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DOJ agrees to historic settlement with Merchant Marine Academy sexual assault victim


The Justice Department is paying a settlement for a former student at the U.S. Merchant Marine Academy who was sexually assaulted, in what the victim’s lawyers characterized as the first such settlement for sexual assault at any of the United States’ five federal service academies.

The $1.4 million settlement with the Maritime Administration (MARAD), a Department of Transportation subagency that oversees the academy, came after the victim, a member of the men’s soccer team, was forcibly restrained, sexually assaulted and hazed in 2016.

Thomas Grasso, a lawyer for the victim, told POLITICO the settlement was agreed to in March but payment was held up for months at DOJ — until the West Virginia congressional delegation intervened to press the department on the matter. Attorney General William Barr personally approved payment in November.

The settlement marks the first time a victim of sexual assault at one of the nation’s five federal service academies has successfully recovered damages under the Federal Tort Claims Act, under which the federal government recognizes liability for the negligence of its employees, according to the victim’s attorneys.

“The settlement payment ends a grueling four-year journey for my client,” said Grasso and his co-attorney David Schneider in a statement. “He has shown exceptional courage and perseverance to see the matter through.”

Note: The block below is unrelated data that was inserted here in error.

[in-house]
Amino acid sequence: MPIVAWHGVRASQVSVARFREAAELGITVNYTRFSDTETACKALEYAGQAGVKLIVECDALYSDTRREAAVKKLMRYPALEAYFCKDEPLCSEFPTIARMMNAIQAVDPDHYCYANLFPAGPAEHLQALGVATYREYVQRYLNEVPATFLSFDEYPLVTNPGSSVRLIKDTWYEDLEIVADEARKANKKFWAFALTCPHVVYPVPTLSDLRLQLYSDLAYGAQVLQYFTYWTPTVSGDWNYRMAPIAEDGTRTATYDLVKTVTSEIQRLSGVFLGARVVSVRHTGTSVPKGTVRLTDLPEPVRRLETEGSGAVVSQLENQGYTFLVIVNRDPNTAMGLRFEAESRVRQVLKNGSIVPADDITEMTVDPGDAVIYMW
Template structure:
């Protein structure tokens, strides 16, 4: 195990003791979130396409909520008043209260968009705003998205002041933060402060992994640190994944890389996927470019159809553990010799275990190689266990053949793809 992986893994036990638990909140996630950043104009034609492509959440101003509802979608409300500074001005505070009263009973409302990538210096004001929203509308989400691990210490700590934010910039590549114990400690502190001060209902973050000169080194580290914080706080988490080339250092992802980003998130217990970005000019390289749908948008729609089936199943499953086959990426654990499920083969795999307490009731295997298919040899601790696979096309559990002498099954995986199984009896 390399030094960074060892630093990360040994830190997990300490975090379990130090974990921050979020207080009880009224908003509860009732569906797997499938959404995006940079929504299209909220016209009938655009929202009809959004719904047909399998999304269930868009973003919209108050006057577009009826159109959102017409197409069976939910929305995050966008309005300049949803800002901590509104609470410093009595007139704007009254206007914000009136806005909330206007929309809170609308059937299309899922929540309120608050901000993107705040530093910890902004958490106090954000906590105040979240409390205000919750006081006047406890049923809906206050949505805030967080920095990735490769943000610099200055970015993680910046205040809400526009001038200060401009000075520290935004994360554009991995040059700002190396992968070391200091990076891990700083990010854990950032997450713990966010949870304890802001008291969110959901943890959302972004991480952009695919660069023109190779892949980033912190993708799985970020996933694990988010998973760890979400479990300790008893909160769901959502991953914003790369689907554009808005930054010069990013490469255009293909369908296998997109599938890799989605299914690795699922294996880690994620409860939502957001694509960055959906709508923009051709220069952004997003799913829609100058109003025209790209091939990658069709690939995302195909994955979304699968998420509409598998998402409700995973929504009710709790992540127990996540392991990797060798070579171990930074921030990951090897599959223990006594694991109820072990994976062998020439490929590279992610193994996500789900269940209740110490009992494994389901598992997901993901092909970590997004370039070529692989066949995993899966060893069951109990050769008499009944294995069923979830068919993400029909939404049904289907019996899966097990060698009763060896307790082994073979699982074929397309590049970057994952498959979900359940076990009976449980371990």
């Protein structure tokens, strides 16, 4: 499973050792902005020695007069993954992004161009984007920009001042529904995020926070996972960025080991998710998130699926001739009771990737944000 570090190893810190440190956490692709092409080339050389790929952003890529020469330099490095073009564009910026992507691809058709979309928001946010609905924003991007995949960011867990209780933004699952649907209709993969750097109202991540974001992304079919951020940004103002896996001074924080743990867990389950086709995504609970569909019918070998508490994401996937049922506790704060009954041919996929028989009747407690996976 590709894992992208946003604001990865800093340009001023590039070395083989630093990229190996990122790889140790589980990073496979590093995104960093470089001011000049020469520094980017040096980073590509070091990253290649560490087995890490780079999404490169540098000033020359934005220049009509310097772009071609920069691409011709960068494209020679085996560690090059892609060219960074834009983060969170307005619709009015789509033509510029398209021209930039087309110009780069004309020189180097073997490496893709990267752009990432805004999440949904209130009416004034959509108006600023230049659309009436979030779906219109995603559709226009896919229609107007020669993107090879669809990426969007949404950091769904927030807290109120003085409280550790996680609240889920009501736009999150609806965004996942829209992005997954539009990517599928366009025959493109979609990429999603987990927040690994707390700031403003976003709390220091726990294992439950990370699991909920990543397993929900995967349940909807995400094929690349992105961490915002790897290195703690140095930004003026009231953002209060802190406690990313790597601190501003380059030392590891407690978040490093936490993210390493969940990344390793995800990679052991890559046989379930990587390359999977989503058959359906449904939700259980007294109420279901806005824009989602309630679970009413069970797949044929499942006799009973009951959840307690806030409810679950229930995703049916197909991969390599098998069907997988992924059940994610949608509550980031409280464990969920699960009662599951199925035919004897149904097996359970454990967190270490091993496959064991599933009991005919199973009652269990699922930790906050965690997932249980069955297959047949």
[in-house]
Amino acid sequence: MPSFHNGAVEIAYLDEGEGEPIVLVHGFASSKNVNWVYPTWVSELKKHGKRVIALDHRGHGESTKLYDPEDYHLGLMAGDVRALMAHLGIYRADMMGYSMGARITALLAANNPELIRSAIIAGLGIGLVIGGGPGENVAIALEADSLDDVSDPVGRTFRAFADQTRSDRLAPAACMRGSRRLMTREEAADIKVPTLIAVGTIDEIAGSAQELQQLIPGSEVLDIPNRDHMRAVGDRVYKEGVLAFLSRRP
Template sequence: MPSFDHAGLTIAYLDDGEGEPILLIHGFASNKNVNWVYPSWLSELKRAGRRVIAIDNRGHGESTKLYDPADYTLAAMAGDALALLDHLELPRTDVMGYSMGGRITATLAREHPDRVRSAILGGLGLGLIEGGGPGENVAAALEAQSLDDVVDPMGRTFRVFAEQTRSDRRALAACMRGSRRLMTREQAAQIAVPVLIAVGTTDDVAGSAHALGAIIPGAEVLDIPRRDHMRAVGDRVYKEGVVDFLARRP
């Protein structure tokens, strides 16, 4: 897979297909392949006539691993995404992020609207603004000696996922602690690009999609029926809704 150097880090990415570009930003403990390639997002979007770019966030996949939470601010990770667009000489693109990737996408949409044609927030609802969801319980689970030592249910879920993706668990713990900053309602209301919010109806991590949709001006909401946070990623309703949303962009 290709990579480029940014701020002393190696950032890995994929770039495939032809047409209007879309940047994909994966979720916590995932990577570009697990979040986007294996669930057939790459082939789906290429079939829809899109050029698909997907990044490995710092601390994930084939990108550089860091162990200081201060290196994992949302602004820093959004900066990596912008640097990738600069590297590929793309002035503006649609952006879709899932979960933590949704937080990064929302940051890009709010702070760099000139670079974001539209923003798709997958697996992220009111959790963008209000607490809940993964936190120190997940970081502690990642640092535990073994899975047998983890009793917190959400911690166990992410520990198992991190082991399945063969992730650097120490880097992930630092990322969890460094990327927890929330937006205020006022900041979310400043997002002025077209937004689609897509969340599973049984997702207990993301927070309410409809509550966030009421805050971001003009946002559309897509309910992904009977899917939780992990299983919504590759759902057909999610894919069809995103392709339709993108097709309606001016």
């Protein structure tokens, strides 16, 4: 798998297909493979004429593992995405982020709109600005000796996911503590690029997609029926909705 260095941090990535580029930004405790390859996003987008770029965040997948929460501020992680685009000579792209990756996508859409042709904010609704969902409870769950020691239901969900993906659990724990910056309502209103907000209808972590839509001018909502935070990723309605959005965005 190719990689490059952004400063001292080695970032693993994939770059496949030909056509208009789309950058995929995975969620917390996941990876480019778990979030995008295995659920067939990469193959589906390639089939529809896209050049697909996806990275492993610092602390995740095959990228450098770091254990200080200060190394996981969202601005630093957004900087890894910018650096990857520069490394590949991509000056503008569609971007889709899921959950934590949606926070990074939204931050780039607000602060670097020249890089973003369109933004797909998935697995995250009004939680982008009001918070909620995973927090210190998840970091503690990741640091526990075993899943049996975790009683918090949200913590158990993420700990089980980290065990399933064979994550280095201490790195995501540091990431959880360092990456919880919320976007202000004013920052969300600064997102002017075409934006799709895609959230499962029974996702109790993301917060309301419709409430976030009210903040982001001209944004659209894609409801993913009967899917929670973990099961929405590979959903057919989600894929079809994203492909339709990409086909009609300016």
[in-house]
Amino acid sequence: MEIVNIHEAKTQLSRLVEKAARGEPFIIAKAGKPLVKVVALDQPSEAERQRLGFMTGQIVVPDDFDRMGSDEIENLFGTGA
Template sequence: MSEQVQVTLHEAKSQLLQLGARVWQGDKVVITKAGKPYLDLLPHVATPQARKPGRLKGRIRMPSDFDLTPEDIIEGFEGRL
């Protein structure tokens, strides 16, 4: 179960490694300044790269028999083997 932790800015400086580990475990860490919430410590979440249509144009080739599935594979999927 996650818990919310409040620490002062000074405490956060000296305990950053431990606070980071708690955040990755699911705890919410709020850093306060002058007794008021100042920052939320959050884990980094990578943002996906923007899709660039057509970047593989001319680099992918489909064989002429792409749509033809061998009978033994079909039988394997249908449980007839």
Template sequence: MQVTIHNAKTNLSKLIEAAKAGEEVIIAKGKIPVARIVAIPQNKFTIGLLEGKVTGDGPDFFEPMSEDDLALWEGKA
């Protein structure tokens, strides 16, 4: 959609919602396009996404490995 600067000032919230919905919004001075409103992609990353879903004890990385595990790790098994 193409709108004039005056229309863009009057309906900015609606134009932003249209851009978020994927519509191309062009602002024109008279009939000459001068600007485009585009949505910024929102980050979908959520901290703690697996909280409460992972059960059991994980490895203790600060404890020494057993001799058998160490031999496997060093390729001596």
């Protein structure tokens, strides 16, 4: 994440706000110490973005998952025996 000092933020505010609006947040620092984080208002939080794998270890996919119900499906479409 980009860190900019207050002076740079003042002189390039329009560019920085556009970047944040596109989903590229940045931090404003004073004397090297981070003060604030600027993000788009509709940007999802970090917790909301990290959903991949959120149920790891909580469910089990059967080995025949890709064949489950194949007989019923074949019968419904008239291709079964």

A MARAD spokesperson confirmed that the agency had agreed to the settlement in mediation and that DOJ had paid $1.4 million to the plaintiff. The settlement includes no admission of wrongdoing by DOT. DOJ did not respond to a request for comment.

An inspector general investigation two years after the assault in question found that several players had been assaulted while on a team bus, part of a “systemic hazing ritual” that was considered a “tradition” at the school.

The Merchant Marine Academy has been under fire for years for having the highest rate of sexual assault and harassment of any of the federal service academies but Grasso, who is himself a 1991 graduate, said he thinks the school has turned a corner.

“They’ve done an excellent job with awareness,” he said. “They’ve really tried to empower the students to take a stand, not be a bystander who ignores it, and to give them the training and the courage to step up and stop this kind of thing.”

And in working on the settlement, MARAD “understood and believed what happened,” Grasso said.

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